Looked at this page about the scanf () procedure from C++. The table indicates that the format specifier code for scanf () “% d” is to read an integer decimal number. The same is stated for “% i”.

So, the question is: what is their difference?

**UPD: **I would like to know the same about format codes for floating point numbers

## Answer 1, authority 100%

`d `

– expects at the input a string with an integer in decimal notation

`i `

– expects a string with an integer in decimal, octal (starts with `0 `

) or hexadecimal (`0x `

) number system as input

`f, e, g `

is a real number, there is no difference between conversion specifiers

The `scanf `

and `printf `

functions are covered in almost every C / C++ reference. For example:

- Harbison, Steele. Programming language C. – M .: OOO “Binom-Press”, 2004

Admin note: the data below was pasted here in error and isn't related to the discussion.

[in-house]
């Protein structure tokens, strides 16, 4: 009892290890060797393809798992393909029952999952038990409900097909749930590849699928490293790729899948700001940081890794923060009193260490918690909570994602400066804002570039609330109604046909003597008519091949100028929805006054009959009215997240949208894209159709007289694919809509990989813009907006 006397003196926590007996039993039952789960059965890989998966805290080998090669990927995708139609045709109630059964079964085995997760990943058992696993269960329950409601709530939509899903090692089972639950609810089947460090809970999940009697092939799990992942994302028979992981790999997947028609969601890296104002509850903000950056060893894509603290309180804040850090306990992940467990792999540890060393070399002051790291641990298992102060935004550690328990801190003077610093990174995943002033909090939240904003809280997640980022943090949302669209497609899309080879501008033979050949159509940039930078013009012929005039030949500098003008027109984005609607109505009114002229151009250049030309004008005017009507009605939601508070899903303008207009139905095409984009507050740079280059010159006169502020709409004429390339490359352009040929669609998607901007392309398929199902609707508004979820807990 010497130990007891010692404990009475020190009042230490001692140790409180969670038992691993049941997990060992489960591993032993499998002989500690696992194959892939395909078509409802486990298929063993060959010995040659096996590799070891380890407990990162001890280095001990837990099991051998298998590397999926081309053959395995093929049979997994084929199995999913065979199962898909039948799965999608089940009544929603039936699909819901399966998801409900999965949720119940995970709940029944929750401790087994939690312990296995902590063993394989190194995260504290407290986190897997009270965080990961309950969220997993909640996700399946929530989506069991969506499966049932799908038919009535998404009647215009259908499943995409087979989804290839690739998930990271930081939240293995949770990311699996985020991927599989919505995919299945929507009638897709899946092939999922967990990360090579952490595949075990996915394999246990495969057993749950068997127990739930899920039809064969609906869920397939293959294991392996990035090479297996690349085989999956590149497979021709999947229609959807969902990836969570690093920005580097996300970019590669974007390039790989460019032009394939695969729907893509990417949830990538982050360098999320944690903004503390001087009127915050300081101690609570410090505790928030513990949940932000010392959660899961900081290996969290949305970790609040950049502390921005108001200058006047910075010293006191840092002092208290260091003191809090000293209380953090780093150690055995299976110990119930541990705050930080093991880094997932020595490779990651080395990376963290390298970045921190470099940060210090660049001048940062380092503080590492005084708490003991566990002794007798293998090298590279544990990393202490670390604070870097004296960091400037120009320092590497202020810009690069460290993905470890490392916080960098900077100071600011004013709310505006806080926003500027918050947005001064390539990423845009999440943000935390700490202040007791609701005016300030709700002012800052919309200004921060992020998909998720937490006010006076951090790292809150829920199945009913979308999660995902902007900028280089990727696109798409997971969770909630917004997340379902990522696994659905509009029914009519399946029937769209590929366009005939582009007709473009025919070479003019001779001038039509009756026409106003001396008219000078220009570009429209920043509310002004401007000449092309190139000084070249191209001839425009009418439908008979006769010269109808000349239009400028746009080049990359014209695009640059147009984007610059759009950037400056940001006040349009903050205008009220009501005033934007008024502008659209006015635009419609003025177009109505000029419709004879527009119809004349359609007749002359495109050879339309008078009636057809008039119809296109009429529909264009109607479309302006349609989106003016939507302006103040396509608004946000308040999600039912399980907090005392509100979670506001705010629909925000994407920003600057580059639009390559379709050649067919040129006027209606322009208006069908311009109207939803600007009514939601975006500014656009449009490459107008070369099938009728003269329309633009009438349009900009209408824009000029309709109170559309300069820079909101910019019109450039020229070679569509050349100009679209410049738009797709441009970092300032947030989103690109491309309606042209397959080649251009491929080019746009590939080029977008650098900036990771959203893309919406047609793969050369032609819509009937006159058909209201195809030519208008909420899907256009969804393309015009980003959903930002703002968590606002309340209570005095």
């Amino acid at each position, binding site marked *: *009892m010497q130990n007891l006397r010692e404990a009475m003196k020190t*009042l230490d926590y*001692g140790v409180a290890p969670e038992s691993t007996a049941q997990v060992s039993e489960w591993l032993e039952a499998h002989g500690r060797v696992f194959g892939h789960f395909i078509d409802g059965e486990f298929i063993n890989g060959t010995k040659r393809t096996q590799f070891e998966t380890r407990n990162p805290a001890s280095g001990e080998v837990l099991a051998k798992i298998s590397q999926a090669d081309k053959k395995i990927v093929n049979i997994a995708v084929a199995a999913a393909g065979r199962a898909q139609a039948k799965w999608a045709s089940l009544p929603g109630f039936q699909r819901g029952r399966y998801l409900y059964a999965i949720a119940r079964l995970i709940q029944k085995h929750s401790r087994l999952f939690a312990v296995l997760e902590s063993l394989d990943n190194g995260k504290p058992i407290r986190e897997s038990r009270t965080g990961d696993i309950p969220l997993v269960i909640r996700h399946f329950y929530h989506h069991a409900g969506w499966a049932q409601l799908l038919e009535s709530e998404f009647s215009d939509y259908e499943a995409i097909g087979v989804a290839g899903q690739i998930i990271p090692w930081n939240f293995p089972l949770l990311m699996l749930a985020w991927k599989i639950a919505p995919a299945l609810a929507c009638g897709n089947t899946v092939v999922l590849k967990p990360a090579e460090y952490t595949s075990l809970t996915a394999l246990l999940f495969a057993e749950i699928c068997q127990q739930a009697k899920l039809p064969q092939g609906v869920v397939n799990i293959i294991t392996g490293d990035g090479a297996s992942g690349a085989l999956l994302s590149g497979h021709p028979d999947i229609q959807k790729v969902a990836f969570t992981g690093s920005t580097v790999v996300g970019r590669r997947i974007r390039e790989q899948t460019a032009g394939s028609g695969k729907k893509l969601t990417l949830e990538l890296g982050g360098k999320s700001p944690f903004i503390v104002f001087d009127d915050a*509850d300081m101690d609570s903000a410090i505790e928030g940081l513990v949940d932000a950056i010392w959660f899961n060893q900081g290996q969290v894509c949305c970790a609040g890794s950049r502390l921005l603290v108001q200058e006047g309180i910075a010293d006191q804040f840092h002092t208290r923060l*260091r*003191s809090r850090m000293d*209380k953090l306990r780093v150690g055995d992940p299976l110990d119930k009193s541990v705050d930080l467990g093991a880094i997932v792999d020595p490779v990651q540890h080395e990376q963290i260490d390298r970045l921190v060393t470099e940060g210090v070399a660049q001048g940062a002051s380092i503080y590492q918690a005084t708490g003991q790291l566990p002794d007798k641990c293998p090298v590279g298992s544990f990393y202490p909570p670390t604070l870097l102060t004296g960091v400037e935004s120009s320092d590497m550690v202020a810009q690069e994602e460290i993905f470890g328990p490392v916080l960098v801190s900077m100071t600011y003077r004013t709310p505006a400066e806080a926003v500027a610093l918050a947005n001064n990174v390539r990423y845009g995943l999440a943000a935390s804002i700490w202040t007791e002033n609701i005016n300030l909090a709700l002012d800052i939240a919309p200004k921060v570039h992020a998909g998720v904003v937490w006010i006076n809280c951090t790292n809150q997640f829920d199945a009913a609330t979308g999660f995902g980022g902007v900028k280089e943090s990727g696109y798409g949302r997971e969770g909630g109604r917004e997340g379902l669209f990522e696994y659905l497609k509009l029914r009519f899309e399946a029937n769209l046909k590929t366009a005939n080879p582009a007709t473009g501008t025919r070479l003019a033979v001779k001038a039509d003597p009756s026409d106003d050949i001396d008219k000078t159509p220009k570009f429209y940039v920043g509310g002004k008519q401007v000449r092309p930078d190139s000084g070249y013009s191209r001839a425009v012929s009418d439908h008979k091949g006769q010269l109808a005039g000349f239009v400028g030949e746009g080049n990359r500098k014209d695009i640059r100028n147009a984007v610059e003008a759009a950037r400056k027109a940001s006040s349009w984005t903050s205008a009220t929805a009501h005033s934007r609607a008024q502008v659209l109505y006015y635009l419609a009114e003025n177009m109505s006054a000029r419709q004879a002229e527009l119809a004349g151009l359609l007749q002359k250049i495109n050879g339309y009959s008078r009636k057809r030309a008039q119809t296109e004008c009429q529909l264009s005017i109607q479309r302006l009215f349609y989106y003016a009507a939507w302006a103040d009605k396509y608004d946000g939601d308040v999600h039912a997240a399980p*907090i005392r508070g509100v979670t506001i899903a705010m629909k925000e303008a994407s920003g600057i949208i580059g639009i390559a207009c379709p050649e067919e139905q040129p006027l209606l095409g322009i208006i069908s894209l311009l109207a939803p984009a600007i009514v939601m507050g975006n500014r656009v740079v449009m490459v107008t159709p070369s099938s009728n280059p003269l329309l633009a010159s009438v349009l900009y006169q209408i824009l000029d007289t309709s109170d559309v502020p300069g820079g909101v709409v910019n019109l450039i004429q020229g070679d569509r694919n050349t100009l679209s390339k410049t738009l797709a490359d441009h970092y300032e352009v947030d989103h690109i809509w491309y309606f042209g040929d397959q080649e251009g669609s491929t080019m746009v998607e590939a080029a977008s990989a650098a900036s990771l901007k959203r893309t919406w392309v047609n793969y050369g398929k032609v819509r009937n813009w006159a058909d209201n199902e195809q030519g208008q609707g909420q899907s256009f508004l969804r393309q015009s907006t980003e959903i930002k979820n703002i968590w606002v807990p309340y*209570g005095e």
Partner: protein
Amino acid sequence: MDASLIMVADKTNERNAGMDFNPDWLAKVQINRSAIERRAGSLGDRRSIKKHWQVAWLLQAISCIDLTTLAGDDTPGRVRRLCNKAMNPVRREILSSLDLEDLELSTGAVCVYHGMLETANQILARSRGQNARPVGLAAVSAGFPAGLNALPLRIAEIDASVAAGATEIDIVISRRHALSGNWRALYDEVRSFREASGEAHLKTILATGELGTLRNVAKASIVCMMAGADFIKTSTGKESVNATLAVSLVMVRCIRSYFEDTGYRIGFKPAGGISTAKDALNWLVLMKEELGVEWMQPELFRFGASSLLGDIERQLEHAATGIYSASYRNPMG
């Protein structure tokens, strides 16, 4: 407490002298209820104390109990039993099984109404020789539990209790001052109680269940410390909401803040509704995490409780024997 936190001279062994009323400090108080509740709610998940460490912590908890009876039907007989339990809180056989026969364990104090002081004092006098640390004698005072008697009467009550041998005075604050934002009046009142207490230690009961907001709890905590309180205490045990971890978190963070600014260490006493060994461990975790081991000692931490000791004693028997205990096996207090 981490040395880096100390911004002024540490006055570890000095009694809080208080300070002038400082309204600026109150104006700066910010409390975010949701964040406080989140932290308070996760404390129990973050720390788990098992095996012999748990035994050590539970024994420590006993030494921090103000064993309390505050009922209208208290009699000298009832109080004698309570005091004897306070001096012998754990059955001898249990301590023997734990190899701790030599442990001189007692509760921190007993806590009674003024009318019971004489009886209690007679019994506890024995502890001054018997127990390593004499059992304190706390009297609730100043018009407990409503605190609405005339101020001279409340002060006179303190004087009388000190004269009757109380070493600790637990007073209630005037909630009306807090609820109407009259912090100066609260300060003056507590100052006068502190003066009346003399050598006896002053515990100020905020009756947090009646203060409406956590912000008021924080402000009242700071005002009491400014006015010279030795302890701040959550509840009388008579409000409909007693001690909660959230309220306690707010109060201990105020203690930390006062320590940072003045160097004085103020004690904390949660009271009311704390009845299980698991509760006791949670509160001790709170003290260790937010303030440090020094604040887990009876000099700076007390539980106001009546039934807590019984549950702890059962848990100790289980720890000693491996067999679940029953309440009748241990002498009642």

- Lieschner, C++. Reference

## Answer 2, authority 98%

If used in the `scanf `

family then `d `

is equivalent to calling strtol with radix `10 `

, and `i `

is equivalent to calling `strtol `

with radix `0 `

(which means try to figure out the number system yourself)

If used in the `printf `

family, then there is no difference between `d `

and `i `

.

From the C11 standard:

d, iThe int argument is converted to signed decimal in the style

[-] dddd. The precision specifies the minimum number of digits to

appear; if the value being converted can be represented in fewer

digits, it is expanded with leading zeros. The default precision is 1.

The result of converting a zero value with a precision of zero is no

characters.

More information on the various formats can be found here